Then I want you to make a list underneath the firm side of things. So, there are certain things that you would want to be prepared for, or have your time reserved for. What are those things? For instance, members and clients always have strategic planning once a quarter, that we host for them. It is on their calendar. So, once a quarter, they have a strategic planning session for their firm, and that goes on their calendar as they're planning ahead.

Also, any team rollouts or team retreats that you want to have. We can write that down as a bullet on your list that's going to be calendared. Any deadlines for your business that you know you have coming up. So, really thinking through for your firm, what makes sense to put on the calendar so that we can plan for it, make sure it's reserved, and we're good to go.

Now, in addition to everything that you just put on the list, that's going to be going on the calendar, I want you to add CEO Time. What I mean by this, you can call it whatever you want, but I'm going to refer to it here as CEO Time.

There are chunks of days or weeks that you should plan on taking to give yourself space to think about your firm, the health of your firm, and the issues that have come up in the firm. And solving for those, with your thinking time, the direction, the vision, evaluating the finances… deeper than a typical evaluation.

Really looking at the profit margin, really looking at levers that you could pull in order to optimize for the things that matter most to you.

Some of this is done in strategic planning, but strategic planning is one day; there is some prep for it that we help people through. But it's one day and it's very focused on coming out of that day with: You need goals for the business, revenue goals, cases open/closed, sometimes profit margin, sometimes conversion rate.

But there's really specific goals that if they are hit, it means that the firm is growing in a way that feels really healthy to you as the owner. And so, that's one thing that comes out of it. And the second thing comes out of it, is key quarterly priorities, that you're going to get done that quarter, in an effort to be able to hit the goals.

So, as you do that planning, it's very important work, but it's different than the CEO Time that I'm talking about, where you just take space, you read some materials that you've been wanting to read, you do maybe some consumption of information that feels important to you, you do a lot of creation, not just consumption.

So, writing, output, not just having inputs. You will write in your journal about your firm and the direction it's headed, and the current state of it. Really get clear. No one else does this for this business, it's you. That's you. So, if you don't do it, no one's doing it.

And what happens with that is you start running, running, running, running, running, and even though it may be a fine trajectory, you don't know what it could have been had you taken space. You don't know what it could have been had you allowed yourself to listen and think deeply about your firm.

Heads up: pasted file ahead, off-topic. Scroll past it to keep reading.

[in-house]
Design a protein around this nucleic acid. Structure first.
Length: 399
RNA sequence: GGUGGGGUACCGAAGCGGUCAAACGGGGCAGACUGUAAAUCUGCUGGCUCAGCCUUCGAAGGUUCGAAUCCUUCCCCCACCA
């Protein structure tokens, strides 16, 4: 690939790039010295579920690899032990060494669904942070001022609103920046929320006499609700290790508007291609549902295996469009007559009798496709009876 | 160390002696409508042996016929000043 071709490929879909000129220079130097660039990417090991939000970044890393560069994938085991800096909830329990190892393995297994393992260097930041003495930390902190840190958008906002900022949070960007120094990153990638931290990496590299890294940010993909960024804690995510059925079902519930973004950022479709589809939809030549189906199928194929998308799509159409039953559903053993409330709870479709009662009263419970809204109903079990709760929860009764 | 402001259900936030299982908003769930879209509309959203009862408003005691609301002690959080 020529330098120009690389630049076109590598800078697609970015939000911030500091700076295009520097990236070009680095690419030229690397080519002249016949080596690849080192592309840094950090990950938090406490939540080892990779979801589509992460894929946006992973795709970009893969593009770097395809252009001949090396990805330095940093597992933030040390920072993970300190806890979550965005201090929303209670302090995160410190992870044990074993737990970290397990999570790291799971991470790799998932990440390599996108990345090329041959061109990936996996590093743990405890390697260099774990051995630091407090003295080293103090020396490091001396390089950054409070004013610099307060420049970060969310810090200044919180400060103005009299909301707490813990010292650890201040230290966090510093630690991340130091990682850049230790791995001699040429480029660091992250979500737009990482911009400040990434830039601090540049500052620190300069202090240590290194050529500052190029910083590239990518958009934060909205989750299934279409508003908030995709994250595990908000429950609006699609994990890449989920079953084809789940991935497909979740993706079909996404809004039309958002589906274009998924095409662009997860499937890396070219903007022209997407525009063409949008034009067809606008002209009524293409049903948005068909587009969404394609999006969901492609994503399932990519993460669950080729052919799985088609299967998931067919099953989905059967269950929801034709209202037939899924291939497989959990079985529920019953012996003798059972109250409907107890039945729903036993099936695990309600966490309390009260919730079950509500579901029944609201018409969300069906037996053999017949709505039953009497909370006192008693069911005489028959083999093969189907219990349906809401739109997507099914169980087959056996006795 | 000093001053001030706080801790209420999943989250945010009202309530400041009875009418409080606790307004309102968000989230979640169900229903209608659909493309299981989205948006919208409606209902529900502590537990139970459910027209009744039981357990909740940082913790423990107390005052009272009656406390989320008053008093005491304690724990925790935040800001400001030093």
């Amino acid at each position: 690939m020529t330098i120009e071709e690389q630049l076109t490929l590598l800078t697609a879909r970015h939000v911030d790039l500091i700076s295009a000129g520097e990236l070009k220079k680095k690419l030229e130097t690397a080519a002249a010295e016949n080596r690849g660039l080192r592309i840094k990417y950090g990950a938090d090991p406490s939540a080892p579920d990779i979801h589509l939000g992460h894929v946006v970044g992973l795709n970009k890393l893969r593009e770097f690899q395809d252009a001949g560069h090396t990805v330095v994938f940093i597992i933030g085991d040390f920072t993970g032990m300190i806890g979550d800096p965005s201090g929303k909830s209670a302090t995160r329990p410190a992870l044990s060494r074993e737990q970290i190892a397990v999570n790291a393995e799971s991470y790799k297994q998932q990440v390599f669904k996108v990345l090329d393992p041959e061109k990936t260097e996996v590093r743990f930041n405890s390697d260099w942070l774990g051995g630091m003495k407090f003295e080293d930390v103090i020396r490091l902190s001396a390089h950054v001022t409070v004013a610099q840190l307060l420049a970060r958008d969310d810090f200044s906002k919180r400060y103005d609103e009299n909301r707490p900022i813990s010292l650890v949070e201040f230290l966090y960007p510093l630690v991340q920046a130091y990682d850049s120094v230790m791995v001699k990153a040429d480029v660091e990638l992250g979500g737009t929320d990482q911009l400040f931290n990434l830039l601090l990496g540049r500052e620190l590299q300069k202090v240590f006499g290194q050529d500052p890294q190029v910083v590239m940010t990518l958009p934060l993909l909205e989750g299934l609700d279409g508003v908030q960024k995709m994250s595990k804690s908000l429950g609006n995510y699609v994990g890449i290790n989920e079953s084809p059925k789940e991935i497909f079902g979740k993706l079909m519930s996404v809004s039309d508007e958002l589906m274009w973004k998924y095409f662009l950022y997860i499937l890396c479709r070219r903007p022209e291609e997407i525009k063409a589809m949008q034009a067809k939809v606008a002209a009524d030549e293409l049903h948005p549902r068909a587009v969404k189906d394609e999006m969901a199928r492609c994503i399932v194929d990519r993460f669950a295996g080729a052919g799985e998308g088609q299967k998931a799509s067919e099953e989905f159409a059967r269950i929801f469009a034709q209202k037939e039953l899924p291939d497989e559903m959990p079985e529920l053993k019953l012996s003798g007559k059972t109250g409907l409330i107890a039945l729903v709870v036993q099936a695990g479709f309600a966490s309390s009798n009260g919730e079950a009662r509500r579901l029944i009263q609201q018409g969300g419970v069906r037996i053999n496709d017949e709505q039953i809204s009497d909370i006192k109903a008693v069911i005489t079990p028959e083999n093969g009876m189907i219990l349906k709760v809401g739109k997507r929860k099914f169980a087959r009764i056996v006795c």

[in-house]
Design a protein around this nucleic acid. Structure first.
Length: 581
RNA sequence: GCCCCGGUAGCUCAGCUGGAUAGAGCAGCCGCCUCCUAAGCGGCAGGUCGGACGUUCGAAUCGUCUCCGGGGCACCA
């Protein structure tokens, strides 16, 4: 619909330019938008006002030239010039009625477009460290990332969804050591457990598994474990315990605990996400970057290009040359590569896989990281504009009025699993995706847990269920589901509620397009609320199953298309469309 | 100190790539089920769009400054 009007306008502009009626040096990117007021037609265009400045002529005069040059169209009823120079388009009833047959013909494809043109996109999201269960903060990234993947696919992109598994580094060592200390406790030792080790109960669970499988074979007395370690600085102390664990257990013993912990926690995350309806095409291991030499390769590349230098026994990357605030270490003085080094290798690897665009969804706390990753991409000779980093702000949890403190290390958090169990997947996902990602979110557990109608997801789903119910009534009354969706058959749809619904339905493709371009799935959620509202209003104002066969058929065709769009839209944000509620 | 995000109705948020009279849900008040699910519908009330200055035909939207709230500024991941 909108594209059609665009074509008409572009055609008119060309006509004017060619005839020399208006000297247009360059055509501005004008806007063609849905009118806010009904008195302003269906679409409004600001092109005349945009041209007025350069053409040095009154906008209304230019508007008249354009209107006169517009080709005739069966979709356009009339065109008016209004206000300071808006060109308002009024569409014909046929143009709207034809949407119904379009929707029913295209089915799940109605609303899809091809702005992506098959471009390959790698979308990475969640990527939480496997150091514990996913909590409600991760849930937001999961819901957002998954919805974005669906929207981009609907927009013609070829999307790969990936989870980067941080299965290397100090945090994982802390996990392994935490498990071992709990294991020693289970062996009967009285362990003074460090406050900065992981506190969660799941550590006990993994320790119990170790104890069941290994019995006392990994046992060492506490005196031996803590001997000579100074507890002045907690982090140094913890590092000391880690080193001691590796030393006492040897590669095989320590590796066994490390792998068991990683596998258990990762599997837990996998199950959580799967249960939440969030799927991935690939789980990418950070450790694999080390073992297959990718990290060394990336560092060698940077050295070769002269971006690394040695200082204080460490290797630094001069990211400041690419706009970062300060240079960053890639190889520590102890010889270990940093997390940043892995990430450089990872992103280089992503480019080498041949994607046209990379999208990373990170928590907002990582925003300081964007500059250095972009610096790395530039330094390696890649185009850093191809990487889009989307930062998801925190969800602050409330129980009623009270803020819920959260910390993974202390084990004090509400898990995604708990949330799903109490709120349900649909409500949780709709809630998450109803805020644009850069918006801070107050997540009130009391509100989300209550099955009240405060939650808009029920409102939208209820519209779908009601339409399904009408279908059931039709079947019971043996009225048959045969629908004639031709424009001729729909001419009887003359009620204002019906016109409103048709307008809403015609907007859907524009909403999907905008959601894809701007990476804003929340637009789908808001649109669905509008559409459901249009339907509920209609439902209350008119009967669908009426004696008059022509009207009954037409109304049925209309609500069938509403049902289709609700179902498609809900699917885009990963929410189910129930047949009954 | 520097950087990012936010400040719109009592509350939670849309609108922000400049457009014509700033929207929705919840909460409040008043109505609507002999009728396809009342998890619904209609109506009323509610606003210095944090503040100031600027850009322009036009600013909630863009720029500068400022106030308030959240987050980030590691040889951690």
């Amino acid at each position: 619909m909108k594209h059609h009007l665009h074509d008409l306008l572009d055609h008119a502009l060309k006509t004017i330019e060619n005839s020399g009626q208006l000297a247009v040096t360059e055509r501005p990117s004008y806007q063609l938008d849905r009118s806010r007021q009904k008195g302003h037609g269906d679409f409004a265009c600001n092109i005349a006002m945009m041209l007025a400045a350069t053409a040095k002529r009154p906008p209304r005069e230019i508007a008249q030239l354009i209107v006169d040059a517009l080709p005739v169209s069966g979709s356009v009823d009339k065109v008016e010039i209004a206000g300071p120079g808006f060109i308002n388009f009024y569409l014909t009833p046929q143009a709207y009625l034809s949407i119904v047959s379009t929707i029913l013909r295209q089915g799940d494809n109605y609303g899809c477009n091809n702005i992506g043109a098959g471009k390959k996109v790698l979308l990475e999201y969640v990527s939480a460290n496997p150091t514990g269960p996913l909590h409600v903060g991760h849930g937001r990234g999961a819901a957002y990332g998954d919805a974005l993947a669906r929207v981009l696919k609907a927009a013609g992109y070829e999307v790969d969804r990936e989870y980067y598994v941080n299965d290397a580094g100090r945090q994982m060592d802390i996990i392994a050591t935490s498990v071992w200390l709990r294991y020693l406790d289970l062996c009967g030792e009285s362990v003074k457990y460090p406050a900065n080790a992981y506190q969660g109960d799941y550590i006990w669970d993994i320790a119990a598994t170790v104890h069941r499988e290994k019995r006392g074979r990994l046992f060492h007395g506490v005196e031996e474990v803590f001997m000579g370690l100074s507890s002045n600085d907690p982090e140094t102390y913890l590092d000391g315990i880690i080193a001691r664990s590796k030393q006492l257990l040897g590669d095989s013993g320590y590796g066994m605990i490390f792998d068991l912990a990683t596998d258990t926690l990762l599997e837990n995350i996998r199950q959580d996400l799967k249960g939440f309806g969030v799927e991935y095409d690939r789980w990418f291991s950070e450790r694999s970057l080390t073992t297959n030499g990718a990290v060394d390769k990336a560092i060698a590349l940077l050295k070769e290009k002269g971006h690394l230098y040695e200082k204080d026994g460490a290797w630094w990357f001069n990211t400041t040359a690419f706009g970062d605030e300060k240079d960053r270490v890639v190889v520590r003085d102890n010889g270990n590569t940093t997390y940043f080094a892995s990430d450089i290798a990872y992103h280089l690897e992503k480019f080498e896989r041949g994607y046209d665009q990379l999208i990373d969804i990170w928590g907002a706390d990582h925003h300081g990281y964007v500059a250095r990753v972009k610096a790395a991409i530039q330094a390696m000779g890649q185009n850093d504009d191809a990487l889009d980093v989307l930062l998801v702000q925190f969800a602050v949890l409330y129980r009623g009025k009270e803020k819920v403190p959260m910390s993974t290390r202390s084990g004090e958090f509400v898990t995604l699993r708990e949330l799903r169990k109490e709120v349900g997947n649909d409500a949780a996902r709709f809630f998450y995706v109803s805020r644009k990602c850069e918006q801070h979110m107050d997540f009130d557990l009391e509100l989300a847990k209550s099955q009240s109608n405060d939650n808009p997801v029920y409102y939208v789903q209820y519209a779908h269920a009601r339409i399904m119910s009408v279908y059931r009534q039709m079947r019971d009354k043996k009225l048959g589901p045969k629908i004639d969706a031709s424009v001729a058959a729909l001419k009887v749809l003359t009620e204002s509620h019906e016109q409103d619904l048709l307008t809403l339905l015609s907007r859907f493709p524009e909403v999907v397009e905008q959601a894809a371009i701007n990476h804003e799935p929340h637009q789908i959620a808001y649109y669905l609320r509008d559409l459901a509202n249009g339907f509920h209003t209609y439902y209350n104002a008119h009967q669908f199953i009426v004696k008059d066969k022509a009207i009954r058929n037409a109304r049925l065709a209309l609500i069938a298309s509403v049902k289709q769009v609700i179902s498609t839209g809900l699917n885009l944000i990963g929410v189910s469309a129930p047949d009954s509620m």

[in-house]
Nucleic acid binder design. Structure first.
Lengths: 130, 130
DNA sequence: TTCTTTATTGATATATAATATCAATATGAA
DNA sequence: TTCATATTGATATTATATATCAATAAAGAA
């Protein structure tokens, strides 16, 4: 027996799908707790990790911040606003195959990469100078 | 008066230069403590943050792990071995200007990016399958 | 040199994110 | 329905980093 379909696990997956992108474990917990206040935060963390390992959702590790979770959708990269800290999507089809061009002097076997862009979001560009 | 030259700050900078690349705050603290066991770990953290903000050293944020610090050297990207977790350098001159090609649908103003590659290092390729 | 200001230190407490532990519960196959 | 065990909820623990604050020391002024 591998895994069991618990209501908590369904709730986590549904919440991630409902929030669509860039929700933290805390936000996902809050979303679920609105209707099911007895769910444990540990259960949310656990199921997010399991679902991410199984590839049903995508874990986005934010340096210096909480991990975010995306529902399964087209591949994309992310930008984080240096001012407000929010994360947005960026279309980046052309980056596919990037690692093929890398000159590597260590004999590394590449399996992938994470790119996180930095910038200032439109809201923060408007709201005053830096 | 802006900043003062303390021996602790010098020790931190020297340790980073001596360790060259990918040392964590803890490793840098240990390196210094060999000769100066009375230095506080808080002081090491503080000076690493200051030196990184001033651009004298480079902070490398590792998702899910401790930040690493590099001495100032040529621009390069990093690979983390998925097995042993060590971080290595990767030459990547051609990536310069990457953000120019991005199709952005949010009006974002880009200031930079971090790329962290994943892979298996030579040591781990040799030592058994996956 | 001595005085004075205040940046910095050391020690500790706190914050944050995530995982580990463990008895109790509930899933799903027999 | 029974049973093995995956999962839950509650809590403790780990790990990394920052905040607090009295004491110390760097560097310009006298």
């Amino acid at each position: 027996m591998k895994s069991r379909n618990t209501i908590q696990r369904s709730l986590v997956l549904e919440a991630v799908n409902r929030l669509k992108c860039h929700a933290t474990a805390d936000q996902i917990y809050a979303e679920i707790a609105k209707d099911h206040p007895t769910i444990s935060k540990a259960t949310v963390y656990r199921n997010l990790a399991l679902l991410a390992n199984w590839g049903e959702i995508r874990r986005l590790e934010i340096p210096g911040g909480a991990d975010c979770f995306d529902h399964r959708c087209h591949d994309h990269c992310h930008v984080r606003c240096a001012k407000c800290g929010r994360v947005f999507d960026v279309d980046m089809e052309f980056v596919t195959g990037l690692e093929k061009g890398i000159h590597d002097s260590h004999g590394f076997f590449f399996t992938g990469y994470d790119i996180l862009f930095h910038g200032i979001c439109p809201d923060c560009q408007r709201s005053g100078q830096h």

So, I highly recommend putting in CEO Time. I do, some days it's three days in a week, some days it's a full week, but I try to take it every couple of months. To take space to think, use my brain, get in tune with the business in a way that I haven't been because I've been busy within it, in a good way, like productive and busy.

But stepping out of that to just be with and think for your business, it's a game changer. I will use that time. I can use that at my discretion. So, there's times where I'll use it to develop content. I will use it to develop a new addition to one of the programs we have, because it's the right thing to do, but I just need some space to think through it.

Sometimes I will dig into the finances and evaluate deeply. Sometimes I will reach out and have coffee or meetings with colleagues in the space, and just learn about what they're up to and how they're thinking about their businesses. And then it gives me some space to think through it. Sometimes it's rereading a few chapters in a book that I have really found useful in the past and I want to revisit.

I can use that space any way I want to. And the only way this gets to happen is if it's carved out well in advance. If I don't carve it out well in advance, it will literally never happen. So, I want to encourage you to do this for yourself. And you decide your cadence, maybe it's once a quarter, maybe it's one day a month. But make a choice about what you would like.

This is progress, not perfection. You don't have to take a week at a time right away. Take what you think you can give that's not going to stress the business or hurt the business or stress the firm out in any way. If it's planned for in advance, what can you take from the firm? But it's really what can you give to the firm? Your brain being utilized in this way, really is giving to the firm. So, how do you line yourself up with that?